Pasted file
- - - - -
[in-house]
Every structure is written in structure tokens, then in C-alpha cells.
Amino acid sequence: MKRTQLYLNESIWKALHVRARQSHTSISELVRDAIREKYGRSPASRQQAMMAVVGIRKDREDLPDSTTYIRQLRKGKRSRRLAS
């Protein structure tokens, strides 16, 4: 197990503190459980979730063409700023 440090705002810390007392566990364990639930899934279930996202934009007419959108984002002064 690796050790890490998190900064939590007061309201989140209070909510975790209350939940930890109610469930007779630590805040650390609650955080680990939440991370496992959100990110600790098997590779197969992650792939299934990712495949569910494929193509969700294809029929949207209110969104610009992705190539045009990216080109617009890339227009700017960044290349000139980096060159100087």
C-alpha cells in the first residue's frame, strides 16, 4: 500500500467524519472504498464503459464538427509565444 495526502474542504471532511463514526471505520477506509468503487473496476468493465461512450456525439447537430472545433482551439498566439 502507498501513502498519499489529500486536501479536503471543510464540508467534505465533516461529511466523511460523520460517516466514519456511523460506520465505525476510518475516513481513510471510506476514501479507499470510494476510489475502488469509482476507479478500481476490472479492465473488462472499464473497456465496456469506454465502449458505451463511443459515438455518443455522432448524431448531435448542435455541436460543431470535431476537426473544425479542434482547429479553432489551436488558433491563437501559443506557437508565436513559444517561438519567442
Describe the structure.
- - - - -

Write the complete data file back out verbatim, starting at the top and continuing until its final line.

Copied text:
[in-house]
Every structure is written in structure tokens, then in C-alpha cells.
Amino acid sequence: MKRTQLYLNESIWKALHVRARQSHTSISELVRDAIREKYGRSPASRQQAMMAVVGIRKDREDLPDSTTYIRQLRKGKRSRRLAS
């Protein structure tokens, strides 16, 4: 197990503190459980979730063409700023 440090705002810390007392566990364990639930899934279930996202934009007419959108984002002064 690796050790890490998190900064939590007061309201989140209070909510975790209350939940930890109610469930007779630590805040650390609650955080680990939440991370496992959100990110600790098997590779197969992650792939299934990712495949569910494929193509969700294809029929949207209110969104610009992705190539045009990216080109617009890339227009700017960044290349000139980096060159100087």
C-alpha cells in the first residue's frame, strides 16, 4: 500500500467524519472504498464503459464538427509565444 495526502474542504471532511463514526471505520477506509468503487473496476468493465461512450456525439447537430472545433482551439498566439 502507498501513502498519499489529500486536501479536503471543510464540508467534505465533516461529511466523511460523520460517516466514519456511523460506520465505525476510518475516513481513510471510506476514501479507499470510494476510489475502488469509482476507479478500481476490472479492465473488462472499464473497456465496456469506454465502449458505451463511443459515438455518443455522432448524431448531435448542435455541436460543431470535431476537426473544425479542434482547429479553432489551436488558433491563437501559443506557437508565436513559444517561438519567442
Describe the structure.